If used carefully, the cipher version is probably much stronger, because it acts as a homophonic cipher with an extremely large number of equivalents. However, this is at the cost of a very large ciphertext expansion.
- A famous use of a book cipher is in the Beale ciphers, of which document no. 2 uses a (variant printing of) the United States Declaration of Independence as the key text.
- Richard Sorge's spy ring in Japan used a book cipher which the Japanese were unable to cryptanalyze even after capturing both Sorge and his radio operator / code clerk. It used an edition of a statistical handbook of Germany as the key text.
- In the American Revolution, Benedict Arnold used a book cipher, sometimes known as the Arnold Cipher, which used Sir William Blackstone's Commentaries on the Laws of England as a key text.
- Book ciphers have consistently been used throughout the Cicada 3301 mystery.
- In The Valley of Fear, Sherlock Holmes decrypts a message enciphered with a book cipher by deducing which book had been used as a key text.
- The name of Ken Follett's World War II thriller The Key to Rebecca refers to a German spy in Cairo using Daphne du Maurier's novel Rebecca as the basis of a code.
- In A Presumption of Death, Lord Peter Wimsey, on assignment for British Intelligence in World War II Nazi-occupied Europe, uses a code based on the works of John Donne. The Germans, suspecting that an intelligence service in which Oxonians have a major role would choose a classical work of English literature, systematically try such works until hitting the right one and breaking the code, coming near to catching the spy. Wimsey then improvises a new code, based on an unpublished text known only to himself and his wife.
- Graham Greene's protagonists often use book codes. In The Human Factor, several books are used, and an edition of Charles Lamb's Tales from Shakespeare is used in Our Man in Havana.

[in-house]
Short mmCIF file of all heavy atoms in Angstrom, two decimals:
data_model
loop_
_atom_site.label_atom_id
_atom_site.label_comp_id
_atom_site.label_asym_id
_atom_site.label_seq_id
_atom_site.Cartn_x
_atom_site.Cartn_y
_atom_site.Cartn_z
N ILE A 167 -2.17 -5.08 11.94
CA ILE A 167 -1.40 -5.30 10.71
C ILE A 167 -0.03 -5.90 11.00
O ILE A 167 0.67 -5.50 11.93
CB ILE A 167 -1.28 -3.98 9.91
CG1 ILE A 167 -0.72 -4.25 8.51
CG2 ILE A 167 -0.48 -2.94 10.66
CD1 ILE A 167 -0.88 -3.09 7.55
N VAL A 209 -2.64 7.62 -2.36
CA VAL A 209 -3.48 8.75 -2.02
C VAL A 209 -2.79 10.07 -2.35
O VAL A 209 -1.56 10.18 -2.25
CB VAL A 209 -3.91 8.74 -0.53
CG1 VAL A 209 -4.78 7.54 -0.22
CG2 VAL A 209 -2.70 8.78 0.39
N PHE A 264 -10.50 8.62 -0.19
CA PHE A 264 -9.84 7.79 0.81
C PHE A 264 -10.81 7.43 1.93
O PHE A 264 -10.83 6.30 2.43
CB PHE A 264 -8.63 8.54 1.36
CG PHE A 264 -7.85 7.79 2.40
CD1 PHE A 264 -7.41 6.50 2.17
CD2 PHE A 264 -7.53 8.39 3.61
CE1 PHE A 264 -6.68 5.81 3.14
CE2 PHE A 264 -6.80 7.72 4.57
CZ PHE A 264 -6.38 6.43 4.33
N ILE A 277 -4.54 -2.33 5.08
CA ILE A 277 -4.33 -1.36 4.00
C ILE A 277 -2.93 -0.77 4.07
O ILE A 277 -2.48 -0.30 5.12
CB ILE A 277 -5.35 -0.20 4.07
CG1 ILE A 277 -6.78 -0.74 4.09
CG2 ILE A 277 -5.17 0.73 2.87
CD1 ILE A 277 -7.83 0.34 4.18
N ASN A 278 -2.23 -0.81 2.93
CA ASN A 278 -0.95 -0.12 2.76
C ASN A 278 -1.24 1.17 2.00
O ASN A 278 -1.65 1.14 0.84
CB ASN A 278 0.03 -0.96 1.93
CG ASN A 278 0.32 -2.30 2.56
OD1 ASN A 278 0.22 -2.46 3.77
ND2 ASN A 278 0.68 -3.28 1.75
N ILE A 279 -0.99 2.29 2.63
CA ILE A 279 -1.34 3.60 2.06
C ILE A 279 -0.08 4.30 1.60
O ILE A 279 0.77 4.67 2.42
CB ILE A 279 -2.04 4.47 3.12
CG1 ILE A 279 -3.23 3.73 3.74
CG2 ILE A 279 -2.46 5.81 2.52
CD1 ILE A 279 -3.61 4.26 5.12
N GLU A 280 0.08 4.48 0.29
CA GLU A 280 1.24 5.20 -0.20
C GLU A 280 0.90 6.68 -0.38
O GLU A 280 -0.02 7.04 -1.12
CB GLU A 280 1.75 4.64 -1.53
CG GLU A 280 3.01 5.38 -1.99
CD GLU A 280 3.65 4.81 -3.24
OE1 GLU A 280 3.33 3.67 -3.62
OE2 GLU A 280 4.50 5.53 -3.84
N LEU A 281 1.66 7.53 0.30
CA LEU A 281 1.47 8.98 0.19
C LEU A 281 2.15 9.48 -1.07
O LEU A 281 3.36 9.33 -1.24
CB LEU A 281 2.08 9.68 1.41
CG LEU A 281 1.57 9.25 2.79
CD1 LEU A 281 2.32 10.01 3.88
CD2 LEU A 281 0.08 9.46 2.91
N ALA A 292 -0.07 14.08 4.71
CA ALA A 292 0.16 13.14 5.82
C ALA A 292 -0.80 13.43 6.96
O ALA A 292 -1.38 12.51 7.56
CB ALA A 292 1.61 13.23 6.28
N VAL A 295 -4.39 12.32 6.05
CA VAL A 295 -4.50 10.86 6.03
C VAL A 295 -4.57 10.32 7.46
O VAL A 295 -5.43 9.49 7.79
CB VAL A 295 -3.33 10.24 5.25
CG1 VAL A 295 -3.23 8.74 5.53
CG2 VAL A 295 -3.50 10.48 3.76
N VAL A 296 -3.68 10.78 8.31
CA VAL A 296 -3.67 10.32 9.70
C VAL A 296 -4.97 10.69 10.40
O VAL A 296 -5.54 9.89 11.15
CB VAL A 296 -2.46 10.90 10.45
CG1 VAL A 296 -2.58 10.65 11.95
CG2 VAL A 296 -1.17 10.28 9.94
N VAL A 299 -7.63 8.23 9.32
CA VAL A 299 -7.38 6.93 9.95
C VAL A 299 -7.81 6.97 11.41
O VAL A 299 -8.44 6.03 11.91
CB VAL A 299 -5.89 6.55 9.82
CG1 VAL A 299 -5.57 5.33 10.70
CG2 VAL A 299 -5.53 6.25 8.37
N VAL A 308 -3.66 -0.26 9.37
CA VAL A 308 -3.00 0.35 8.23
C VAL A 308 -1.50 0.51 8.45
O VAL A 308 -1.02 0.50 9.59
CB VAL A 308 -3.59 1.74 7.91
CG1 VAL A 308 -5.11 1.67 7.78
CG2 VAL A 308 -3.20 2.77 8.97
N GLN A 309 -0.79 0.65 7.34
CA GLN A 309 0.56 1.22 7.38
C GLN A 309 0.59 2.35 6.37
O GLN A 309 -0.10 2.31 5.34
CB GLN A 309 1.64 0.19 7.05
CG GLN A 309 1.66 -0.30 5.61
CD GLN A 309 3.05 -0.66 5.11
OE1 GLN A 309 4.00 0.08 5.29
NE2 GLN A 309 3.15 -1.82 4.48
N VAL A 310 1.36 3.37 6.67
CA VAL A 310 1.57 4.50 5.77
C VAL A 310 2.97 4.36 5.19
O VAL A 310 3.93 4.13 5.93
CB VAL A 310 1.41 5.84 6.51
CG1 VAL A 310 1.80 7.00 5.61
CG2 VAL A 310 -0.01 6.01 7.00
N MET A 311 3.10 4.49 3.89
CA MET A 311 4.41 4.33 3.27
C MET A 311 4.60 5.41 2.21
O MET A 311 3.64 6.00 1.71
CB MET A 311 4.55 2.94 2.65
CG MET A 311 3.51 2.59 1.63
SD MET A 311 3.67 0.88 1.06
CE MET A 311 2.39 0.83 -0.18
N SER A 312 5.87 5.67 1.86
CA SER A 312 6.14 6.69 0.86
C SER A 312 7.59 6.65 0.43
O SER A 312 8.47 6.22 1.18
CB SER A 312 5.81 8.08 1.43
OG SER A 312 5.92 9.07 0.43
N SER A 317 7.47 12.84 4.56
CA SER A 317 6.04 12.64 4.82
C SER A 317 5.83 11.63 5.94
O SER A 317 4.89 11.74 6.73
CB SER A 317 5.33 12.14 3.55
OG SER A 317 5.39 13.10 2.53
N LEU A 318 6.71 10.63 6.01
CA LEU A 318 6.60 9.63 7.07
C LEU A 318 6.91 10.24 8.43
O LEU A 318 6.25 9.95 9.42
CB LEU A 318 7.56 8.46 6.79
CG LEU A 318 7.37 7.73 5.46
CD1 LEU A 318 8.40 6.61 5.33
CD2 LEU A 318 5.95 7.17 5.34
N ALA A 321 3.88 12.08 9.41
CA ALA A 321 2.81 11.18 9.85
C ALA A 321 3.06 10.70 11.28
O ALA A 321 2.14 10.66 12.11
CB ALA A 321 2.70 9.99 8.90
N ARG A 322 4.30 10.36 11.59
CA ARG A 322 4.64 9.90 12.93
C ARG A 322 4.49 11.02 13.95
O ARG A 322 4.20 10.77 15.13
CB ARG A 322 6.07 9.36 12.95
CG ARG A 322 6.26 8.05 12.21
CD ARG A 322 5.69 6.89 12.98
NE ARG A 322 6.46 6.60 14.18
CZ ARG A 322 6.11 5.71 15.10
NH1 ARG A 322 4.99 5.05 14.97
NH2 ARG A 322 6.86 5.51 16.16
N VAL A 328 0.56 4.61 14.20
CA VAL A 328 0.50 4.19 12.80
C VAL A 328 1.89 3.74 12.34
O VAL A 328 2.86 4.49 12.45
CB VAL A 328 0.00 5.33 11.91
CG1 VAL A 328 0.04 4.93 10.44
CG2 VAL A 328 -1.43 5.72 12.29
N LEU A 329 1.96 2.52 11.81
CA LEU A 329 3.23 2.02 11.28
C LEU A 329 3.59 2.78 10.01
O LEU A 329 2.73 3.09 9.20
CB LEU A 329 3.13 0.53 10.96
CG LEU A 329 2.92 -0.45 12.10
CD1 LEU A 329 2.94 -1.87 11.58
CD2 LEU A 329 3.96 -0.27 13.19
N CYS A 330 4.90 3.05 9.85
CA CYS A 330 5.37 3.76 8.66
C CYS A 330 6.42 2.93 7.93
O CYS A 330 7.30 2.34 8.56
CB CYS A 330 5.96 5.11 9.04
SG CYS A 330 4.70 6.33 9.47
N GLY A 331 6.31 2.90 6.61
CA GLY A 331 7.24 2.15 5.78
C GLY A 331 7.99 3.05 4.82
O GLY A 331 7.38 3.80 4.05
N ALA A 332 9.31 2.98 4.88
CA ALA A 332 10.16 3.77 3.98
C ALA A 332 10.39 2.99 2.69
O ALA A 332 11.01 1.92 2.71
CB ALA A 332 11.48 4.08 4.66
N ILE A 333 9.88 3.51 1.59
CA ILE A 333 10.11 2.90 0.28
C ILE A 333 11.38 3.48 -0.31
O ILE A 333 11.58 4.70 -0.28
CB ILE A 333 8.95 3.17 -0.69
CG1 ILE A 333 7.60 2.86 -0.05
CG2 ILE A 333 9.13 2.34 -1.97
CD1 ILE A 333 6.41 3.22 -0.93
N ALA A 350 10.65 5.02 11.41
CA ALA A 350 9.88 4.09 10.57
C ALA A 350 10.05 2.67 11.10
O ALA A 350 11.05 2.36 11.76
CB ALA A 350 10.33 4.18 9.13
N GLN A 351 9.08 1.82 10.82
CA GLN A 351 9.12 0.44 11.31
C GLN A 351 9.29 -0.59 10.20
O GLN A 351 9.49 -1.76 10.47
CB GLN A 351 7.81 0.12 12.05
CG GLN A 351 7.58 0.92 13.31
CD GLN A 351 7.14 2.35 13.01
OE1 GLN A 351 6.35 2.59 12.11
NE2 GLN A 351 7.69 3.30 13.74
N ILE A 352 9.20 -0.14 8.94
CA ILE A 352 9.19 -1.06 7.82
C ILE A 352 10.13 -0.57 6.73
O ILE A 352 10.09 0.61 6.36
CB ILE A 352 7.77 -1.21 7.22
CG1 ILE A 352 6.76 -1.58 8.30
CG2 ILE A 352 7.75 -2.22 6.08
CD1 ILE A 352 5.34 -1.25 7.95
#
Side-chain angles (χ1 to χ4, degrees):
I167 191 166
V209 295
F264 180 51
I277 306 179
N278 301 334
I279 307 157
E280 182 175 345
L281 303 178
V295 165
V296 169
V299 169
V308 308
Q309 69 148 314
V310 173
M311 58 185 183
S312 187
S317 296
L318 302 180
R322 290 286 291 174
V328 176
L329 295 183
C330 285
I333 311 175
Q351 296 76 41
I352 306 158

- A book cipher plays an important role in the TV version of Sharpe's Sword. The key text is Voltaire's Candide.
- In the 2004 film National Treasure, an Ottendorf cipher is discovered on the back of the U. S. Declaration of Independence, using the "Silence Dogood" letters as the key text.
- The protagonists of the Matthew Reilly novel The Six Sacred Stones used a book cipher to send confidential messages to each other. The key text was the Harry Potter books, but the messages were sent via a The Lord of the Rings forum to make the key text harder to identify.
- In Lost: Mystery of the Island, a series of four jigsaw puzzles released in 2007, Ottendorf cipher was used on each puzzle's box to hide spoilers and reveal information about the show to the fans.
- "The Fisher King", a two-part episode of Criminal Minds, features an Ottendorf cipher brought to the Behavioral Analysis Unit by the UNSUB via Agent Hotchner's wife. The cypher was part of a larger puzzle to find a girl who had been missing for two years. The key text was The Collector by John Fowles.
- Burn Notice (episodes "Where There's Smoke" and "Center of the Storm", 2010): Michael Westen steals a Bible from a safe deposit box that is the code book of Simon. This becomes part of the season plot to track an organization starting wars for profit as Michael tries to arrange an interview with Simon.
- In the film Unknown (2011), Prof. Bressler's passwords are obscured by an Ottendorf cipher.
- In The Unit episode "Paradise Lost", Jonas Blane (aka Snake Doctor) uses a book code from the poem Paradise Lost to communicate to his wife, Molly, that he has arrived safely in Panama.
- In "The Good Soldier Švejk" by Jaroslav Hašek, the title character's commanding officers attempt to use a book cipher. Their attempts are undone, however, when it is revealed that the novel in question is composed of two volumes, and Švejk has delivered the first volume to the officers, thinking that they intended to read the novel, rather than the second, where the code is ciphered from.
- Changda Wang; Shiguang Ju (2008). "2008 International Symposium on Information Science and Engineering". p. 456. doi:10.1109/ISISE.2008.273. ISBN 978-0-7695-3494-7.
- Yardley, Herbert O. The American Black Chamber (Annapolis: Naval Institute Press, 2004; reprints original edition).
- Bell, Chris. "Cicada 3301 update: the baffling internet mystery is back". Daily Telegraph. Archived from the original on 7 January 2014.